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Tacoma newspaper columnist documenting her journey with cancer

Posted on Mar. 24, 2014 ( comments)
Kathleen Merryman

Longtime and much-loved Tacoma newspaper columnist Kathleen Merryman, who was diagnosed with breast cancer in December, is documenting her treatment in a series of stories she calls, “The Lucky Woman's Guide to Breast Cancer.”

Though there is no good kind of cancer, Merryman explains, her cancer is the least bad, which is why she describes herself as lucky.

“I will have an occasionally unpleasant walk through it, and I'll survive,” she wrote in her column that runs in Tacoma Weekly.

In her most recent update on Facebook, Merryman says: "Home from 4 days at TG, getting my white blood cells up to fighting strength. Great medical care, and lovely people. Mahalo TG!"

One reason she’s sharing her detailed story is to encourage others to be aware of their own health.

Merryman writes: “Dr. Virginia Stowell, Goddess of Boob Surgery and reader of The Tacoma Weekly, said that, no matter how much is written about breast cancer, more is better. When a friend gets it, people do their breast self-exams and schedule mammograms.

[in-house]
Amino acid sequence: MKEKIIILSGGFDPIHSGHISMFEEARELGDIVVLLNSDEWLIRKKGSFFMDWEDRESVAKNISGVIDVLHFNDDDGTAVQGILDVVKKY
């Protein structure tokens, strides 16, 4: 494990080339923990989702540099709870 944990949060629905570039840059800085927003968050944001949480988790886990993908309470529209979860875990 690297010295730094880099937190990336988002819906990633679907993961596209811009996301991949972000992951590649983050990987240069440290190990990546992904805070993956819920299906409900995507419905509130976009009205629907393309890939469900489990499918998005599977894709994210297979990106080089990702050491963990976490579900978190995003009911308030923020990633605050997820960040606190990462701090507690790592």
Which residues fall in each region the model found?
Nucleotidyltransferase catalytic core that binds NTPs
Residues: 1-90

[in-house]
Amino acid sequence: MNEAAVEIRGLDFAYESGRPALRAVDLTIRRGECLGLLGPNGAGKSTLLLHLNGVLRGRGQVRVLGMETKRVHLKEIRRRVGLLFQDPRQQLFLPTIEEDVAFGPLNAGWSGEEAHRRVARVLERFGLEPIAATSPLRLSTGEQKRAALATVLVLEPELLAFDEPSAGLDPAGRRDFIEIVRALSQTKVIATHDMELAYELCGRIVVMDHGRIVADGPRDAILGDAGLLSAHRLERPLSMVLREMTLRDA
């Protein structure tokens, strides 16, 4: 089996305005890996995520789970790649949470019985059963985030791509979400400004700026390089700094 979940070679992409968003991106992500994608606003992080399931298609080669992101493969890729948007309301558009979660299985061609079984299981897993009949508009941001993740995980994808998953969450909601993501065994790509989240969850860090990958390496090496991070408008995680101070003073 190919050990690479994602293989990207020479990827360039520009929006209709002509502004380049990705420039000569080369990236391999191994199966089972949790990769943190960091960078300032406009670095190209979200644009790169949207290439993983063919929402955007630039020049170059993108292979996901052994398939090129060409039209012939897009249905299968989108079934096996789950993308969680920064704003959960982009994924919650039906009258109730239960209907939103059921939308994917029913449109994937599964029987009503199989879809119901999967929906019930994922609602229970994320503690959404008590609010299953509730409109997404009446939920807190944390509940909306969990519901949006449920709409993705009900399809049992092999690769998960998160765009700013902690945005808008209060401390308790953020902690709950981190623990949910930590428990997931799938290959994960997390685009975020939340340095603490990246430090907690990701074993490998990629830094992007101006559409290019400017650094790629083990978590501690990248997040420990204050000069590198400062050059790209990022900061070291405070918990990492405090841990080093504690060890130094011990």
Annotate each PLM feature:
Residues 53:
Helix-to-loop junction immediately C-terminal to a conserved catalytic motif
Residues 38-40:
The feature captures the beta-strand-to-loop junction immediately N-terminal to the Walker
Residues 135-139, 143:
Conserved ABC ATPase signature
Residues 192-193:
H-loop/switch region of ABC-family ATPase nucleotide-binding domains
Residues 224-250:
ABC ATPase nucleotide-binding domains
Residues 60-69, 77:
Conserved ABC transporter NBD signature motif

“So let's make a deal: Let me thank you in advance for your kind thoughts. Instead of putting them into words, point them at your own boobs. Do a breast self-exam. Set up a mammogram time. That'll make me happy, and it will keep you in touch with your breast health.”

Merryman said she’s seeing Dr. Virgina Stowell for surgery, Dr. Umesh Chitaley for chemotherapy, and Dr. Siraj Singh for radiation at MultiCare Regional Cancer Center in Tacoma.

“Man, have I lucked out?” Merryman said during a recent visit. “Drs. Stowell, Chitaley and Singh?! Total dream team.”

Merryman also received an outpouring of support from friends and the community.

Co-workers at Tacoma Weekly shaved their heads in solidarity, and Lincoln High School hosted a head-shaving event that raised more than $1,000 for the American Cancer Society.

“Cancer is the news no one is quite prepared to get,” Merryman wrote. “It demands a reaction for which most of us have no reference point. All of a sudden, we're sloshing around in information, family stories and preconceptions that may or may not have anything to do with what we'll be fighting. … So, yes, when we get the news, we have no idea what's coming at us, or how we'll meet it, then deal with it.”

Posted in: Cancer

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